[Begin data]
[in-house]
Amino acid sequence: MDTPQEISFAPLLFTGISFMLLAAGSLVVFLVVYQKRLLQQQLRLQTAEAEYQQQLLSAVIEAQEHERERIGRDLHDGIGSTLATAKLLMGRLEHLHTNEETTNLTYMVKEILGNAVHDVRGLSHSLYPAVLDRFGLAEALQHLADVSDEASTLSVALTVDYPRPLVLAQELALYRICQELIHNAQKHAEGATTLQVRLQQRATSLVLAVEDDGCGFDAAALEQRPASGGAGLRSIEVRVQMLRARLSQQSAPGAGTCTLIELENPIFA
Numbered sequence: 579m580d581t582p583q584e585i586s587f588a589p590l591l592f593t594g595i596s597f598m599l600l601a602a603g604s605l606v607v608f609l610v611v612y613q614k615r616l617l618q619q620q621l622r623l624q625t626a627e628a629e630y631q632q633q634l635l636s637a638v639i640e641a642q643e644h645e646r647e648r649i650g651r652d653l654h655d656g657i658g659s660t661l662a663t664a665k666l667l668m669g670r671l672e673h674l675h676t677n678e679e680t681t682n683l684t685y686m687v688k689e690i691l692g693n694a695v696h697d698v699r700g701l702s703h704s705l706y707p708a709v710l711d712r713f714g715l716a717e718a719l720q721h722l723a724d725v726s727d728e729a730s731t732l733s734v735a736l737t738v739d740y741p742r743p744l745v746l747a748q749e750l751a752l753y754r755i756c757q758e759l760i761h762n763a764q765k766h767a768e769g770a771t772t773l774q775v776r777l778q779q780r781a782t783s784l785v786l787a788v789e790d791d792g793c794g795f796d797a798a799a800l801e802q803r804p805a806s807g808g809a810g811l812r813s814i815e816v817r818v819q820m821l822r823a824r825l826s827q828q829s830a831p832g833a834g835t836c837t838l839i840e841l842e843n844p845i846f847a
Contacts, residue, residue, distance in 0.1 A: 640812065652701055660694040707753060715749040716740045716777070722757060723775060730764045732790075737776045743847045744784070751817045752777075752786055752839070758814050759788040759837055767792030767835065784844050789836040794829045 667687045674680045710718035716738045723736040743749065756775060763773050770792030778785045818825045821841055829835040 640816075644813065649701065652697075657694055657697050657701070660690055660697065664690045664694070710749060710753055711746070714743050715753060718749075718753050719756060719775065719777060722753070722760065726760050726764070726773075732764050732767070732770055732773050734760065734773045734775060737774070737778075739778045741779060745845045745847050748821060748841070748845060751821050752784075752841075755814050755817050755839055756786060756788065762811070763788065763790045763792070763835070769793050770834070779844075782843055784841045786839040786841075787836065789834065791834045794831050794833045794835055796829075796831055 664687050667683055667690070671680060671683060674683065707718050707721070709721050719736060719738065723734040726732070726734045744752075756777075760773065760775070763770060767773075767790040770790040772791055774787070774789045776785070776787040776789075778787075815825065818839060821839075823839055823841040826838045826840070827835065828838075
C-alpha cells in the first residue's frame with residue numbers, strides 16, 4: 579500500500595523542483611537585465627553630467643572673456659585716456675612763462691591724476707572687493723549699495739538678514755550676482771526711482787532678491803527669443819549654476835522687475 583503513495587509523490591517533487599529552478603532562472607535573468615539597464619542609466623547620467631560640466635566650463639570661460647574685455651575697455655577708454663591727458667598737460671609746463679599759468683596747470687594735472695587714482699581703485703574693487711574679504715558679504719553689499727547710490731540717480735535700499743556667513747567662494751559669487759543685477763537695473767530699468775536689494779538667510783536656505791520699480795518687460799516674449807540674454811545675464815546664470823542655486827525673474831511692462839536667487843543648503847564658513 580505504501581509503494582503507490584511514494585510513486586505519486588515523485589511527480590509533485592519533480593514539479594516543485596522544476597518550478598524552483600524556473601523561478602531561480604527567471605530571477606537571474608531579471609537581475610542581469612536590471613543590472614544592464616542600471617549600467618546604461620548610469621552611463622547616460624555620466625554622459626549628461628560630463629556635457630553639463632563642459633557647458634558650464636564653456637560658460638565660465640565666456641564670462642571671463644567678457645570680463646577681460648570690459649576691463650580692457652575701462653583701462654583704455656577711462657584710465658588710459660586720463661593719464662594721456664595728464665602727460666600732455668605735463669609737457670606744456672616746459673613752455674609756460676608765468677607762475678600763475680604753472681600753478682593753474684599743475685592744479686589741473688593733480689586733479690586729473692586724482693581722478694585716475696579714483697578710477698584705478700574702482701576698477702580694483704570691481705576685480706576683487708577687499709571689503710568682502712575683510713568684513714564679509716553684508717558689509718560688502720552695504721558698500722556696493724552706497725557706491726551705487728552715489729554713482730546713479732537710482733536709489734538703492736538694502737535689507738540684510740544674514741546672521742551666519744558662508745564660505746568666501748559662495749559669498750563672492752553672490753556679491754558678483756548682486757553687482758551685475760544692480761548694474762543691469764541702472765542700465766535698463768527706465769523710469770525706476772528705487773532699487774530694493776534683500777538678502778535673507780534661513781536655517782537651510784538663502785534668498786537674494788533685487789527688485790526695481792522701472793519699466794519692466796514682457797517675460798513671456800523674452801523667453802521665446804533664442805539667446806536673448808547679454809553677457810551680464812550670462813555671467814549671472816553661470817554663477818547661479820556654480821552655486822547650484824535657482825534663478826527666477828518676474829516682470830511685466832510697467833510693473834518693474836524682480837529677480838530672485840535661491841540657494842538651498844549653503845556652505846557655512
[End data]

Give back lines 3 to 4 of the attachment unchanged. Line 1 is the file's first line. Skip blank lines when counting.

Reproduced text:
Numbered sequence: 579m580d581t582p583q584e585i586s587f588a589p590l591l592f593t594g595i596s597f598m599l600l601a602a603g604s605l606v607v608f609l610v611v612y613q614k615r616l617l618q619q620q621l622r623l624q625t626a627e628a629e630y631q632q633q634l635l636s637a638v639i640e641a642q643e644h645e646r647e648r649i650g651r652d653l654h655d656g657i658g659s660t661l662a663t664a665k666l667l668m669g670r671l672e673h674l675h676t677n678e679e680t681t682n683l684t685y686m687v688k689e690i691l692g693n694a695v696h697d698v699r700g701l702s703h704s705l706y707p708a709v710l711d712r713f714g715l716a717e718a719l720q721h722l723a724d725v726s727d728e729a730s731t732l733s734v735a736l737t738v739d740y741p742r743p744l745v746l747a748q749e750l751a752l753y754r755i756c757q758e759l760i761h762n763a764q765k766h767a768e769g770a771t772t773l774q775v776r777l778q779q780r781a782t783s784l785v786l787a788v789e790d791d792g793c794g795f796d797a798a799a800l801e802q803r804p805a806s807g808g809a810g811l812r813s814i815e816v817r818v819q820m821l822r823a824r825l826s827q828q829s830a831p832g833a834g835t836c837t838l839i840e841l842e843n844p845i846f847a
Contacts, residue, residue, distance in 0.1 A: 640812065652701055660694040707753060715749040716740045716777070722757060723775060730764045732790075737776045743847045744784070751817045752777075752786055752839070758814050759788040759837055767792030767835065784844050789836040794829045 667687045674680045710718035716738045723736040743749065756775060763773050770792030778785045818825045821841055829835040 640816075644813065649701065652697075657694055657697050657701070660690055660697065664690045664694070710749060710753055711746070714743050715753060718749075718753050719756060719775065719777060722753070722760065726760050726764070726773075732764050732767070732770055732773050734760065734773045734775060737774070737778075739778045741779060745845045745847050748821060748841070748845060751821050752784075752841075755814050755817050755839055756786060756788065762811070763788065763790045763792070763835070769793050770834070779844075782843055784841045786839040786841075787836065789834065791834045794831050794833045794835055796829075796831055 664687050667683055667690070671680060671683060674683065707718050707721070709721050719736060719738065723734040726732070726734045744752075756777075760773065760775070763770060767773075767790040770790040772791055774787070774789045776785070776787040776789075778787075815825065818839060821839075823839055823841040826838045826840070827835065828838075